The Toronto Historical Jukebox: "Brain Washed" by David Clayton-Thomas & The Bossmen

During the 1960s, young people flocked to Yorkville from all over the continent. Some came for the music, some for the drugs, some to escape trouble at home, some just because it was the place to be. And for a few Americans, coming to Toronto also meant they could dodge the draft and the war in Vietnam.
David Thomas-Clayton didn't have to worry about the draft — he grew up in North York — but he knew plenty about trouble at home. He ran away as a teenager to live on the streets, got into trouble with the law, and eventually ended up in a reformatory where a fellow inmate taught him how to play guitar. When he got out, he headed down to the Yonge Street Strip, where he was hired to play in a series of awesome bands: Ronnie Hawkins & The Hawks (who would later meet Bob Dylan and change their name to The Band); The Rogues (who were the house band at an after hours soul club on Yonge Street called Club Bluenote, where legends like Stevie Wonder and The Supremes would stop by to jam after their Toronto shows — The Rogues would eventually change their name to Mandala and become a kickass funk group); and finally David Clayton-Thomas & The Shays (a showcase for his famously powerful vocals).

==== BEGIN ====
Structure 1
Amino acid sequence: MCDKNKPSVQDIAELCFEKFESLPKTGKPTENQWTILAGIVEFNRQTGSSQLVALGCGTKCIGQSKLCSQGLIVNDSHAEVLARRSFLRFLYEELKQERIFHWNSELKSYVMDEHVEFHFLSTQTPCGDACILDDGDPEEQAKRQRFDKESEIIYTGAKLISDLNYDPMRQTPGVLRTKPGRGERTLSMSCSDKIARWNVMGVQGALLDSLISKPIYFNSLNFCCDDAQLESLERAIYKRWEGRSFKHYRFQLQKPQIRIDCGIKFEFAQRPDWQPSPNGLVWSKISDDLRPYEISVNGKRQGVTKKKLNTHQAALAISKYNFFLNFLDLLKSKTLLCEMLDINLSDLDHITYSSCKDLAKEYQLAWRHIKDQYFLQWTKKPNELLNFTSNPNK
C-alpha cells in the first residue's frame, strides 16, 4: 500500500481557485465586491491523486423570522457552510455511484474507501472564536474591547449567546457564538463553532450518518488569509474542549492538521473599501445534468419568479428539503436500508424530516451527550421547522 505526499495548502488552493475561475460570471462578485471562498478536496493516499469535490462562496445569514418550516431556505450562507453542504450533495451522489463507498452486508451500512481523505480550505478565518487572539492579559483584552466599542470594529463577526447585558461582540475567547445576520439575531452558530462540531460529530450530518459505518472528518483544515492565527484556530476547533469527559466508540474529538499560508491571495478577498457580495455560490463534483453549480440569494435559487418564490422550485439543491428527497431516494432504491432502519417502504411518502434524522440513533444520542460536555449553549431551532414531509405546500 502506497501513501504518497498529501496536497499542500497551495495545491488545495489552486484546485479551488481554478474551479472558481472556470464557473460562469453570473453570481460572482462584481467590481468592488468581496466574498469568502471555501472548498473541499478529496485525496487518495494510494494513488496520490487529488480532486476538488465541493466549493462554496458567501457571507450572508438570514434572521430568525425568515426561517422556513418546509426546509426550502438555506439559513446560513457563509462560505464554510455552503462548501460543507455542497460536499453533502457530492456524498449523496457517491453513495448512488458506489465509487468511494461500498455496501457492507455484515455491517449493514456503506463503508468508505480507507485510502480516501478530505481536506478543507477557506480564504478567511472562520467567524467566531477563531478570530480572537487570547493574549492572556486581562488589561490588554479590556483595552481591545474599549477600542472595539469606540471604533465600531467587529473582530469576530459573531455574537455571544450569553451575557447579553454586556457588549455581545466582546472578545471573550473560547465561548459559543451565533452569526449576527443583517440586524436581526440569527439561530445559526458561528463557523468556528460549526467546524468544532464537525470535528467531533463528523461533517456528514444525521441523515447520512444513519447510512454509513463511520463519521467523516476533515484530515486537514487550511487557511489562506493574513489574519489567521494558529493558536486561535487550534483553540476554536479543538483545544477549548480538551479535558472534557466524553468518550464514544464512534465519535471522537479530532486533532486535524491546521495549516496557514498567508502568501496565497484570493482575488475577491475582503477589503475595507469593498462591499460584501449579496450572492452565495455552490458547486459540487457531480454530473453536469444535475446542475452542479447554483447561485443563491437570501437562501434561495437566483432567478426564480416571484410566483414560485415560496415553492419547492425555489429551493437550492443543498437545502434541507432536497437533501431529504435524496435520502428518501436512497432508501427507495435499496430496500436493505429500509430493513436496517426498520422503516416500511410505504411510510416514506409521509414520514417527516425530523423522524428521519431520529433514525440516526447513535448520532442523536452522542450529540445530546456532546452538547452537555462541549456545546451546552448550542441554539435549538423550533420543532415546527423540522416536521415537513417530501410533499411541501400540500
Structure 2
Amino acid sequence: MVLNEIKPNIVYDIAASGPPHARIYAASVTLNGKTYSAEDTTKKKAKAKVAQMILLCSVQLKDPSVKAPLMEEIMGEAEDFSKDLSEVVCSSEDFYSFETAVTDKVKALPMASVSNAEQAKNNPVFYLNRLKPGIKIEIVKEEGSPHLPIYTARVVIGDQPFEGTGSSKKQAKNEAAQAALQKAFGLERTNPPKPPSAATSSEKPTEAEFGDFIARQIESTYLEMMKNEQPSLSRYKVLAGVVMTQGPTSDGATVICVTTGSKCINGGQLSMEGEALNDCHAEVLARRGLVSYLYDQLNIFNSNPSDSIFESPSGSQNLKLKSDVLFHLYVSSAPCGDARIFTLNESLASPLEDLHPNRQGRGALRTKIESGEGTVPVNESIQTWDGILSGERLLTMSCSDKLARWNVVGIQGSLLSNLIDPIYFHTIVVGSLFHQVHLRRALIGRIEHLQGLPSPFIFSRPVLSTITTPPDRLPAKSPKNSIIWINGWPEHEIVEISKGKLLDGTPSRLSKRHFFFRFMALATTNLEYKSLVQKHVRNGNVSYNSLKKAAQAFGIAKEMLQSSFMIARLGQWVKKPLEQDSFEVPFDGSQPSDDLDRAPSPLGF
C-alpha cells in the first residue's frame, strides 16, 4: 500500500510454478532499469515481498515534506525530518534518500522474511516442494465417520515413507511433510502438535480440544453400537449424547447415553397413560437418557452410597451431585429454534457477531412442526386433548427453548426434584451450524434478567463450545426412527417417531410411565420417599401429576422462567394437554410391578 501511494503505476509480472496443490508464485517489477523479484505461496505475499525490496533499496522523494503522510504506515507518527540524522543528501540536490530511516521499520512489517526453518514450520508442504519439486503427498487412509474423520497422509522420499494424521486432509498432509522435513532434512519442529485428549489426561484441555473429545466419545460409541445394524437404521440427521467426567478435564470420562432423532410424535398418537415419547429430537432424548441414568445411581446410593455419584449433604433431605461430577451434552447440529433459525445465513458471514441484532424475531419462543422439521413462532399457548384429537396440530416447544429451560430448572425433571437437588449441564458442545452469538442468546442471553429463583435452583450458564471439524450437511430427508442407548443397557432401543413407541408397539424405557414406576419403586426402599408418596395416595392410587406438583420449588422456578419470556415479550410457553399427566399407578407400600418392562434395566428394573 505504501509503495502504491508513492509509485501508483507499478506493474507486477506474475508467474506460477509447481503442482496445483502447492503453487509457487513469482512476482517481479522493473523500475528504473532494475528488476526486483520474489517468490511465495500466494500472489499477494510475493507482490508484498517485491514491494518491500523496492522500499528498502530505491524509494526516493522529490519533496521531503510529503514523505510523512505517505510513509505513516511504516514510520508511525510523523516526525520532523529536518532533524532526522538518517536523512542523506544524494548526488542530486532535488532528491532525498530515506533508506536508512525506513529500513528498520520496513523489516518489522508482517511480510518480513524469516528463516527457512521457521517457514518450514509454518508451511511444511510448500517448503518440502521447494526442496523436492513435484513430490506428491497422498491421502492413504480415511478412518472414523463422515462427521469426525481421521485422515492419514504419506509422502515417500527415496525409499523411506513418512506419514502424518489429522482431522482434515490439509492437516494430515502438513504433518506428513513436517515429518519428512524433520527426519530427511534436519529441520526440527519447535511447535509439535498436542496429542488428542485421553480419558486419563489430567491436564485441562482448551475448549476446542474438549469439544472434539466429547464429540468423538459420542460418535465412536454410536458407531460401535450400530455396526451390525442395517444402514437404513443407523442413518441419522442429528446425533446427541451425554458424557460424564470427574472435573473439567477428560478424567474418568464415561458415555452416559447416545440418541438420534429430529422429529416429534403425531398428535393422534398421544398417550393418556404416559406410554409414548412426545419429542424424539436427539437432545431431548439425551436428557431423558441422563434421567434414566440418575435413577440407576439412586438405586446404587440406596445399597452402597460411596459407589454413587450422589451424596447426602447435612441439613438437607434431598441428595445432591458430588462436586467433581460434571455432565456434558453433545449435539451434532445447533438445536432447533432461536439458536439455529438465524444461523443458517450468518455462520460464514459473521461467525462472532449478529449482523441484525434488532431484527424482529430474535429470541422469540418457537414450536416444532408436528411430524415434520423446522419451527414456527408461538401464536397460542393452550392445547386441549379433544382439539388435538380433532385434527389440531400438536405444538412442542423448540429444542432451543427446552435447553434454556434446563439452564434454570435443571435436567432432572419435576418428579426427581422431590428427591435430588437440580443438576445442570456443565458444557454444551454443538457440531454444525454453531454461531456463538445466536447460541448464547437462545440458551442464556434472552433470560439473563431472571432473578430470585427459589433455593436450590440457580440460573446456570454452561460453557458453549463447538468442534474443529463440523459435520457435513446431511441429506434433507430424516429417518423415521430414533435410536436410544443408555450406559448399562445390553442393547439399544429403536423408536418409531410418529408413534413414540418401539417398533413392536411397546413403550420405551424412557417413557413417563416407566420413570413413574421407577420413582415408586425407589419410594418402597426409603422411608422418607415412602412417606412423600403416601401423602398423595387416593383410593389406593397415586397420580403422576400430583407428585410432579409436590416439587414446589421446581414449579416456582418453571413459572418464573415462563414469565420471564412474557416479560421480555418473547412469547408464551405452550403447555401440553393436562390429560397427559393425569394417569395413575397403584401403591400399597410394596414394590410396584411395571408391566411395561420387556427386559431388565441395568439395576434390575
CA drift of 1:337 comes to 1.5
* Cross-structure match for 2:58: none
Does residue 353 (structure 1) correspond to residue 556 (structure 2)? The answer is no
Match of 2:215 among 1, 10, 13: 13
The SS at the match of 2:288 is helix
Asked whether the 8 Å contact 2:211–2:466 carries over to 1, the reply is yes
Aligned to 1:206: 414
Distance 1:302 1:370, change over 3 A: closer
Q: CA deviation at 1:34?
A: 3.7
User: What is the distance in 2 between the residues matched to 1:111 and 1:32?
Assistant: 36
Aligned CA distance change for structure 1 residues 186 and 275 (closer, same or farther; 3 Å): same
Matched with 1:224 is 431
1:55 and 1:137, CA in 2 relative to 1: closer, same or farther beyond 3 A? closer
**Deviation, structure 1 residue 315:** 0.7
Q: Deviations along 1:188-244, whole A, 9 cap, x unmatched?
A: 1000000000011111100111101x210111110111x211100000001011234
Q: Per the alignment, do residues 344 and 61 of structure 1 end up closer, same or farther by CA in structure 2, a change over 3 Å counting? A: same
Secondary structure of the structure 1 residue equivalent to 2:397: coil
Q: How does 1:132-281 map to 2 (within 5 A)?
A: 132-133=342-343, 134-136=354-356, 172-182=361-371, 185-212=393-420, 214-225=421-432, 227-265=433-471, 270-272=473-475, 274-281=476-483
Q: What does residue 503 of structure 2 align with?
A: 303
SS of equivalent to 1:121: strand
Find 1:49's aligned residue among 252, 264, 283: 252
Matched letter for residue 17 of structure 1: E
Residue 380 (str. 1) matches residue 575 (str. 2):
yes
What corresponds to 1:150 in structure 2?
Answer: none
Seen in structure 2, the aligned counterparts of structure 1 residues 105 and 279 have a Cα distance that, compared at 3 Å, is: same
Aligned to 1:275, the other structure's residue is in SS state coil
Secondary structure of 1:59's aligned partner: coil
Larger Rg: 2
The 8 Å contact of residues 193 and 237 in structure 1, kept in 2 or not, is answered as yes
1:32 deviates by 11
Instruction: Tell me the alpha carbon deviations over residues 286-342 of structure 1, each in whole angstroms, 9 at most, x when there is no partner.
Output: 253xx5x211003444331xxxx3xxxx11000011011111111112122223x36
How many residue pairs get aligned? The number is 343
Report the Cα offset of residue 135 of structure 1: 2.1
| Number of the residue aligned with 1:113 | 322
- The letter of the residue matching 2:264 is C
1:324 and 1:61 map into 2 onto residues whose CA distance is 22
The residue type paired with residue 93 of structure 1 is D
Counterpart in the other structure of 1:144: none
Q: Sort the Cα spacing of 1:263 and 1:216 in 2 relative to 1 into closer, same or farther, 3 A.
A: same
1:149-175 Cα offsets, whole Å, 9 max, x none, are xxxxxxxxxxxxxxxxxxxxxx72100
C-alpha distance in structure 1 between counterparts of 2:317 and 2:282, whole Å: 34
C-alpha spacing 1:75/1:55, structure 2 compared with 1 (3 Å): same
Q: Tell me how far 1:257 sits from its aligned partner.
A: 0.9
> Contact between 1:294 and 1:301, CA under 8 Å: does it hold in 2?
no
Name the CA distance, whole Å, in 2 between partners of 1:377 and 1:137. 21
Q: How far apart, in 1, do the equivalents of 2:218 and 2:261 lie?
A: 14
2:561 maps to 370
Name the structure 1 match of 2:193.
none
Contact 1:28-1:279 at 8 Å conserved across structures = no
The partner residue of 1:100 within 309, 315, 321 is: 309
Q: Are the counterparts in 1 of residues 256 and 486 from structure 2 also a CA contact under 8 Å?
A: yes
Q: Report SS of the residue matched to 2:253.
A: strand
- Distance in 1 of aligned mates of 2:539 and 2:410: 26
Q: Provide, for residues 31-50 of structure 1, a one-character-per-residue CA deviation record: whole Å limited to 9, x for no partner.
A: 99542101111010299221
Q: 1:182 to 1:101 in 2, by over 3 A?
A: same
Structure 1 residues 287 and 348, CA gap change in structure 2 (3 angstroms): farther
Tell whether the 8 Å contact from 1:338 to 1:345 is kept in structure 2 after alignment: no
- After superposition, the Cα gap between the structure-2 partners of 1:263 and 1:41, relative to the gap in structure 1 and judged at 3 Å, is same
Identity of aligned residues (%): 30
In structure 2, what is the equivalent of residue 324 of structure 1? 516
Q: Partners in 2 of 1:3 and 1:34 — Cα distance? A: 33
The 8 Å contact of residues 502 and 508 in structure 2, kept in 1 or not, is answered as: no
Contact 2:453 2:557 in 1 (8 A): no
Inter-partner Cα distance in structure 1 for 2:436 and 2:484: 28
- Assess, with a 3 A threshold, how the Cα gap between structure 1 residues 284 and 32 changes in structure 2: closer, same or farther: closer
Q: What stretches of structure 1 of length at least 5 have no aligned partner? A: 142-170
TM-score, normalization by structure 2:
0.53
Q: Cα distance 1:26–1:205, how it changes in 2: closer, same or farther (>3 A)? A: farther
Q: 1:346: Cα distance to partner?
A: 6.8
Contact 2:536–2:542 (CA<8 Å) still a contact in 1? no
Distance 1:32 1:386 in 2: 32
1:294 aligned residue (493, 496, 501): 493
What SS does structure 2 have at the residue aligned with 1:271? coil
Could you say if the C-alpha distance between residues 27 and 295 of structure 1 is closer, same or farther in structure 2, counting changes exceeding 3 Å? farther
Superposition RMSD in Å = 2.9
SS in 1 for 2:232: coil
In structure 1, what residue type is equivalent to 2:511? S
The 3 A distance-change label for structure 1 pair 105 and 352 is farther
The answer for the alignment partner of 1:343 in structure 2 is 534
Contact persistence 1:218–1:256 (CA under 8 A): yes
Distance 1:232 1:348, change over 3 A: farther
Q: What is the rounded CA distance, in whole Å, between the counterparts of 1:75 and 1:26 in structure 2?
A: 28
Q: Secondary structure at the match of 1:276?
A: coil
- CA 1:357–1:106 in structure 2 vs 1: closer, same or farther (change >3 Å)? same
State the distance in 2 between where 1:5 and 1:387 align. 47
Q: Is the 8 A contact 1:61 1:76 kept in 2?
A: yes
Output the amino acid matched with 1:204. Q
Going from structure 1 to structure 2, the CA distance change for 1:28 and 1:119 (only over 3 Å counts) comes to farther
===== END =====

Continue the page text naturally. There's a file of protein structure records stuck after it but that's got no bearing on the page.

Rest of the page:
Eventually, he started spending more time in Yorkville, where he could be found playing his guitar into the wee hours of the morning on the steps of a church on Avenue Road. That's when he formed yet another band: David Clayton-Thomas & The Bossmen. He wrote "Brain Washed" in 1966 as an angry protest against the war in Vietnam.

The song was a hit. It roared up the CHUM charts all the way to #1 — and stayed near the top for 16 straight weeks.

Soon, he would leave Toronto. After playing a gig with the blues giant John Lee Hooker, he followed him south to New York City. That's where David Clayton-Thomas finally started singing with the band that would make him famous: Blood, Sweat & Tears.


Posted by Adam Bunch, the Editor-in-Chief of the Little Red Umbrella and the creator of the Toronto Dreams Project and the Toronto Historical Jukebox. You can read his posts here, follow him on Twitter here, or email him at


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